There’s the passive-aggressive cry-for-attention post—some obscure, mysterious statement begging to be asked what it’s about.
Fuck, shit, crap. Never gonna do that again. Everything’s going to be fine. Only three more days…
Prompting responses like: Are you OK? Hugs! I’m here if you need me. You are beautiful. Stay strong. Etc. Sometimes you feel like you’re constantly ministering to people. Are people not getting this support from the humans in their lives, or do they just want more? Is our need for validation so pervasive?
Did I miss keeping abreast of my friends’ daily lives while deactivated? Even if so, I’d rather live my own daily life. It’s like the voices in my head stopped talking. It took a while for the reverb bouncing around my skull to settle down. Anyway, we know who our true-blue friends are, and those who are mostly avatars–the madding crowd we invite into our homes. It’s hard to resist taking advantage of a platform to say anything you want. But you don’t know who’s turned your feed off, who’s not “on” that day, who’s not paying attention. In a way it’s still yelling into a void, though the world be at your feet.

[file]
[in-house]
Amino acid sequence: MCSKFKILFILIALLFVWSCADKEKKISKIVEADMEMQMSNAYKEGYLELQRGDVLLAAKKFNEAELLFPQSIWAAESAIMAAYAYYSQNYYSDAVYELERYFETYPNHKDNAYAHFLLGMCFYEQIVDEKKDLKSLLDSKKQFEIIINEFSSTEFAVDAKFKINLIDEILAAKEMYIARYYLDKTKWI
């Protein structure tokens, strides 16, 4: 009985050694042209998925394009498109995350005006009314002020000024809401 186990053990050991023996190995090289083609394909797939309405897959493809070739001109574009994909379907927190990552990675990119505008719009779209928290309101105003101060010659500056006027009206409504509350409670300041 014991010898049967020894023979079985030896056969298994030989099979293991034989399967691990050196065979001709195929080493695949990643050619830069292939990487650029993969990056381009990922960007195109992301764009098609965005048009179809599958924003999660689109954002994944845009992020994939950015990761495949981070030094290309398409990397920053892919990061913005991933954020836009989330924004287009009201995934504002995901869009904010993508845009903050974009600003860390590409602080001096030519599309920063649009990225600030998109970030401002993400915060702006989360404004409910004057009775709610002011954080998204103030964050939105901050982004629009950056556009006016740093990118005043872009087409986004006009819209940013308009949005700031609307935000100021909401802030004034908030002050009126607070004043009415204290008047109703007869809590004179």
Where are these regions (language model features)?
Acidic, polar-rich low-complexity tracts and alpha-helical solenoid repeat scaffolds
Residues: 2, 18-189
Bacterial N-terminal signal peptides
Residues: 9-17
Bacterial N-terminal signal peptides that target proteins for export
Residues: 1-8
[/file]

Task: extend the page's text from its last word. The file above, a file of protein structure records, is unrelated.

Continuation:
When my attention gets too scattered by stimulus on the web, I eliminate the option to choose from it. Say I click on 50 links in one day. 45 of them are trash. But I still went through the motions and have nothing to show for it. Look at your browsing history, if you want to be appalled. There’s groovy stuff out there, no doubt. But it’s in you, too, waiting to manifest.
I’m in an insulated bubble of privacy,